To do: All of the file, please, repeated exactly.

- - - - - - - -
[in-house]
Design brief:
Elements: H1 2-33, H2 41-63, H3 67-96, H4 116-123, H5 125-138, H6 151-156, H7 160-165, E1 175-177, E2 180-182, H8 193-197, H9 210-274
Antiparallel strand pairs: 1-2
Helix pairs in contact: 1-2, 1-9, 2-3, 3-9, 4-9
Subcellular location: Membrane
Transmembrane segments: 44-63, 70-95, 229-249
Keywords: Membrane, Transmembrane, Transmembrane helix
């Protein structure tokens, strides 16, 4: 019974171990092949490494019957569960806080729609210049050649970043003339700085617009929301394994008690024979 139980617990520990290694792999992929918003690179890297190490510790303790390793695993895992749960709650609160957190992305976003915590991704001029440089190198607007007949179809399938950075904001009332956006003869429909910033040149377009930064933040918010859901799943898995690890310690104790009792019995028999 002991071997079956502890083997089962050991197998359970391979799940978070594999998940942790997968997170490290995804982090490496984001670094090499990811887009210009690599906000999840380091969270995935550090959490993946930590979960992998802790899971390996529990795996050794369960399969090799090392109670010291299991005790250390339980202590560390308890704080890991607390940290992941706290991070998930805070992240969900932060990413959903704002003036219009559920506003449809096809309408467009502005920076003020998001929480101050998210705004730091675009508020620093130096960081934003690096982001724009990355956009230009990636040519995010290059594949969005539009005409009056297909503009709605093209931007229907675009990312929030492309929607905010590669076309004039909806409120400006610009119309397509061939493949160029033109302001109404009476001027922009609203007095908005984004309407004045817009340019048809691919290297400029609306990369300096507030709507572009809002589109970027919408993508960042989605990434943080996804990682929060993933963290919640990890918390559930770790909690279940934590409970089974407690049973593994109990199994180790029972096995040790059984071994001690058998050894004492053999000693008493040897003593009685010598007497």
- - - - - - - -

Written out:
[in-house]
Design brief:
Elements: H1 2-33, H2 41-63, H3 67-96, H4 116-123, H5 125-138, H6 151-156, H7 160-165, E1 175-177, E2 180-182, H8 193-197, H9 210-274
Antiparallel strand pairs: 1-2
Helix pairs in contact: 1-2, 1-9, 2-3, 3-9, 4-9
Subcellular location: Membrane
Transmembrane segments: 44-63, 70-95, 229-249
Keywords: Membrane, Transmembrane, Transmembrane helix
């Protein structure tokens, strides 16, 4: 019974171990092949490494019957569960806080729609210049050649970043003339700085617009929301394994008690024979 139980617990520990290694792999992929918003690179890297190490510790303790390793695993895992749960709650609160957190992305976003915590991704001029440089190198607007007949179809399938950075904001009332956006003869429909910033040149377009930064933040918010859901799943898995690890310690104790009792019995028999 002991071997079956502890083997089962050991197998359970391979799940978070594999998940942790997968997170490290995804982090490496984001670094090499990811887009210009690599906000999840380091969270995935550090959490993946930590979960992998802790899971390996529990795996050794369960399969090799090392109670010291299991005790250390339980202590560390308890704080890991607390940290992941706290991070998930805070992240969900932060990413959903704002003036219009559920506003449809096809309408467009502005920076003020998001929480101050998210705004730091675009508020620093130096960081934003690096982001724009990355956009230009990636040519995010290059594949969005539009005409009056297909503009709605093209931007229907675009990312929030492309929607905010590669076309004039909806409120400006610009119309397509061939493949160029033109302001109404009476001027922009609203007095908005984004309407004045817009340019048809691919290297400029609306990369300096507030709507572009809002589109970027919408993508960042989605990434943080996804990682929060993933963290919640990890918390559930770790909690279940934590409970089974407690049973593994109990199994180790029972096995040790059984071994001690058998050894004492053999000693008493040897003593009685010598007497």